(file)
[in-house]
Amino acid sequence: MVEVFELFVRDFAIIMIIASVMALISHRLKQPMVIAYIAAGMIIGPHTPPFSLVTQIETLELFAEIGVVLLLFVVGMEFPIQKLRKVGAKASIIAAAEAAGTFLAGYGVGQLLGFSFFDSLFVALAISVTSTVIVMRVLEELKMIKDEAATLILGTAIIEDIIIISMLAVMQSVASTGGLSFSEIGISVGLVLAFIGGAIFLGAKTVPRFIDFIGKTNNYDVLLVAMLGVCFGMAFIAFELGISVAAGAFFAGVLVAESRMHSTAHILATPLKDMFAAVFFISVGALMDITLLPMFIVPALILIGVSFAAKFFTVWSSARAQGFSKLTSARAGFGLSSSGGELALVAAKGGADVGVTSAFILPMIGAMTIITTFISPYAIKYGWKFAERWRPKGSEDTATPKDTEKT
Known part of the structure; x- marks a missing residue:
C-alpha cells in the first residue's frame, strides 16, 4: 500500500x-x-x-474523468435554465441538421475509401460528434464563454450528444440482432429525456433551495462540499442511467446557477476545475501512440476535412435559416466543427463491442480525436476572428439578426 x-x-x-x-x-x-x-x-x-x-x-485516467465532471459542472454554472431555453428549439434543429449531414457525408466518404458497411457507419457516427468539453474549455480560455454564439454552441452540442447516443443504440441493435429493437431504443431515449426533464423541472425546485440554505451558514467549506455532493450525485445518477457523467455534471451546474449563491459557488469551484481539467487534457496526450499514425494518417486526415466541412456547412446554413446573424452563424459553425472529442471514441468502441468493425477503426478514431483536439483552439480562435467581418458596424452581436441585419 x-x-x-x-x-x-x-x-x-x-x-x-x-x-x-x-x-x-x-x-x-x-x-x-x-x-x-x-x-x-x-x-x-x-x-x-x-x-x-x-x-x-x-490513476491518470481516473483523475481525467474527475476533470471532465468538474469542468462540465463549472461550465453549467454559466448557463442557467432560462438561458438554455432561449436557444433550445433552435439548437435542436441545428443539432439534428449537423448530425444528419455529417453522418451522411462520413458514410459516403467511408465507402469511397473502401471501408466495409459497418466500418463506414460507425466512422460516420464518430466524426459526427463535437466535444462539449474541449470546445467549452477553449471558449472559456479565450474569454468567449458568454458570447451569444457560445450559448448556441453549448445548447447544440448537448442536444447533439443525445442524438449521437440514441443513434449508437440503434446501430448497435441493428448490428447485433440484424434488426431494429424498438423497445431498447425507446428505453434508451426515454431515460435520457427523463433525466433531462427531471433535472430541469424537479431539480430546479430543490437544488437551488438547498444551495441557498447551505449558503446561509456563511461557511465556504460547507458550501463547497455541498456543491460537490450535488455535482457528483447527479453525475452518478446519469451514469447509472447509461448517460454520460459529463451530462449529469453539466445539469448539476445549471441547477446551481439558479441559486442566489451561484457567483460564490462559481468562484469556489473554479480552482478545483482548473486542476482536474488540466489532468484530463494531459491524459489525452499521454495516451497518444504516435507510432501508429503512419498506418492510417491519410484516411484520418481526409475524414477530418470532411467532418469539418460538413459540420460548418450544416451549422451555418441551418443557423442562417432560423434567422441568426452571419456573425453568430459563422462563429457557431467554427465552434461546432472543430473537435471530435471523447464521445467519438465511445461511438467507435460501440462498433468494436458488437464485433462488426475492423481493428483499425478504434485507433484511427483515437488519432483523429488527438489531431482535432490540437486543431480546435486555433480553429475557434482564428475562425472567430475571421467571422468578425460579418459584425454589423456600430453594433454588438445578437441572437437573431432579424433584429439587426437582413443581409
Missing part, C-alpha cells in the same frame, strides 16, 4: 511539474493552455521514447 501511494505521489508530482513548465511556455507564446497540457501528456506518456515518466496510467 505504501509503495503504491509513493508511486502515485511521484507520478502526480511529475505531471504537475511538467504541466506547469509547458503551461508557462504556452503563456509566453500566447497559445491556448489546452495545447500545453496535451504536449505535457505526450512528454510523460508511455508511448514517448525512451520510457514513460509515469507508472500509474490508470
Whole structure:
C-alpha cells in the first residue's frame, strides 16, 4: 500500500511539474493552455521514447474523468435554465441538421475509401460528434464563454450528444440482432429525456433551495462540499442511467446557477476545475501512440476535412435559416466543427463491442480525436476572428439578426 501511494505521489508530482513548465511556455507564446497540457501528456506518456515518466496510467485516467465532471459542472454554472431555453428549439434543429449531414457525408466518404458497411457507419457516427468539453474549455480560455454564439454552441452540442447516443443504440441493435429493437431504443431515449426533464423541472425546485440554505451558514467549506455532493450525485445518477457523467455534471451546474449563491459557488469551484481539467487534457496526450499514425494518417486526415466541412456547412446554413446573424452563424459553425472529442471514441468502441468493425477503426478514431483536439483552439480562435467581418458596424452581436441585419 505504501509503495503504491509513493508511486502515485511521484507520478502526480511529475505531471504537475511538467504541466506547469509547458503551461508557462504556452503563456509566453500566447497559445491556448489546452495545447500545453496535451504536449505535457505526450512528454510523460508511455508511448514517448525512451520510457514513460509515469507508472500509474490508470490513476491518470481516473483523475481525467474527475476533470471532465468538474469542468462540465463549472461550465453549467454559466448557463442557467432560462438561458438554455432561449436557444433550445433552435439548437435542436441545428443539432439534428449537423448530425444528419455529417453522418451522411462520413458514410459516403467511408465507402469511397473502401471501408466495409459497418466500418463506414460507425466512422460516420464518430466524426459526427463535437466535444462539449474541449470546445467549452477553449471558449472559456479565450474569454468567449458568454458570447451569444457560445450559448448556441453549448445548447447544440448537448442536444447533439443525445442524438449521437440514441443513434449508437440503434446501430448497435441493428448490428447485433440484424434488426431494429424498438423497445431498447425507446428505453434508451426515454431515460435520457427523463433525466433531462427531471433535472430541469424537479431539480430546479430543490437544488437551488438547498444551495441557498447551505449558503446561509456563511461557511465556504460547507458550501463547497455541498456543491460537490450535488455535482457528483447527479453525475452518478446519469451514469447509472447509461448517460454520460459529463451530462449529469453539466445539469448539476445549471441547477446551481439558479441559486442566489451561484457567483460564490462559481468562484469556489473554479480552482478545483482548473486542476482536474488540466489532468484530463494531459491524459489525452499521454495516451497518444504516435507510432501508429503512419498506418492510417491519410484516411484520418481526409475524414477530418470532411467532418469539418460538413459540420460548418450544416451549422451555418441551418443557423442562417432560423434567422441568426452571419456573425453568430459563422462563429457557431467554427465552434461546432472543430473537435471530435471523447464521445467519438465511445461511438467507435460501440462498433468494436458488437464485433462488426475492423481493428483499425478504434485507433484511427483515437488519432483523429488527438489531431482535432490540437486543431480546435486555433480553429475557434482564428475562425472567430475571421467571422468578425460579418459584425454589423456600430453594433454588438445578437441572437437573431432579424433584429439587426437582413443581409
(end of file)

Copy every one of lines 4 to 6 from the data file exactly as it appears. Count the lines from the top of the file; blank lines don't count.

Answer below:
C-alpha cells in the first residue's frame, strides 16, 4: 500500500x-x-x-474523468435554465441538421475509401460528434464563454450528444440482432429525456433551495462540499442511467446557477476545475501512440476535412435559416466543427463491442480525436476572428439578426 x-x-x-x-x-x-x-x-x-x-x-485516467465532471459542472454554472431555453428549439434543429449531414457525408466518404458497411457507419457516427468539453474549455480560455454564439454552441452540442447516443443504440441493435429493437431504443431515449426533464423541472425546485440554505451558514467549506455532493450525485445518477457523467455534471451546474449563491459557488469551484481539467487534457496526450499514425494518417486526415466541412456547412446554413446573424452563424459553425472529442471514441468502441468493425477503426478514431483536439483552439480562435467581418458596424452581436441585419 x-x-x-x-x-x-x-x-x-x-x-x-x-x-x-x-x-x-x-x-x-x-x-x-x-x-x-x-x-x-x-x-x-x-x-x-x-x-x-x-x-x-x-490513476491518470481516473483523475481525467474527475476533470471532465468538474469542468462540465463549472461550465453549467454559466448557463442557467432560462438561458438554455432561449436557444433550445433552435439548437435542436441545428443539432439534428449537423448530425444528419455529417453522418451522411462520413458514410459516403467511408465507402469511397473502401471501408466495409459497418466500418463506414460507425466512422460516420464518430466524426459526427463535437466535444462539449474541449470546445467549452477553449471558449472559456479565450474569454468567449458568454458570447451569444457560445450559448448556441453549448445548447447544440448537448442536444447533439443525445442524438449521437440514441443513434449508437440503434446501430448497435441493428448490428447485433440484424434488426431494429424498438423497445431498447425507446428505453434508451426515454431515460435520457427523463433525466433531462427531471433535472430541469424537479431539480430546479430543490437544488437551488438547498444551495441557498447551505449558503446561509456563511461557511465556504460547507458550501463547497455541498456543491460537490450535488455535482457528483447527479453525475452518478446519469451514469447509472447509461448517460454520460459529463451530462449529469453539466445539469448539476445549471441547477446551481439558479441559486442566489451561484457567483460564490462559481468562484469556489473554479480552482478545483482548473486542476482536474488540466489532468484530463494531459491524459489525452499521454495516451497518444504516435507510432501508429503512419498506418492510417491519410484516411484520418481526409475524414477530418470532411467532418469539418460538413459540420460548418450544416451549422451555418441551418443557423442562417432560423434567422441568426452571419456573425453568430459563422462563429457557431467554427465552434461546432472543430473537435471530435471523447464521445467519438465511445461511438467507435460501440462498433468494436458488437464485433462488426475492423481493428483499425478504434485507433484511427483515437488519432483523429488527438489531431482535432490540437486543431480546435486555433480553429475557434482564428475562425472567430475571421467571422468578425460579418459584425454589423456600430453594433454588438445578437441572437437573431432579424433584429439587426437582413443581409
Missing part, C-alpha cells in the same frame, strides 16, 4: 511539474493552455521514447 501511494505521489508530482513548465511556455507564446497540457501528456506518456515518466496510467 505504501509503495503504491509513493508511486502515485511521484507520478502526480511529475505531471504537475511538467504541466506547469509547458503551461508557462504556452503563456509566453500566447497559445491556448489546452495545447500545453496535451504536449505535457505526450512528454510523460508511455508511448514517448525512451520510457514513460509515469507508472500509474490508470
Whole structure: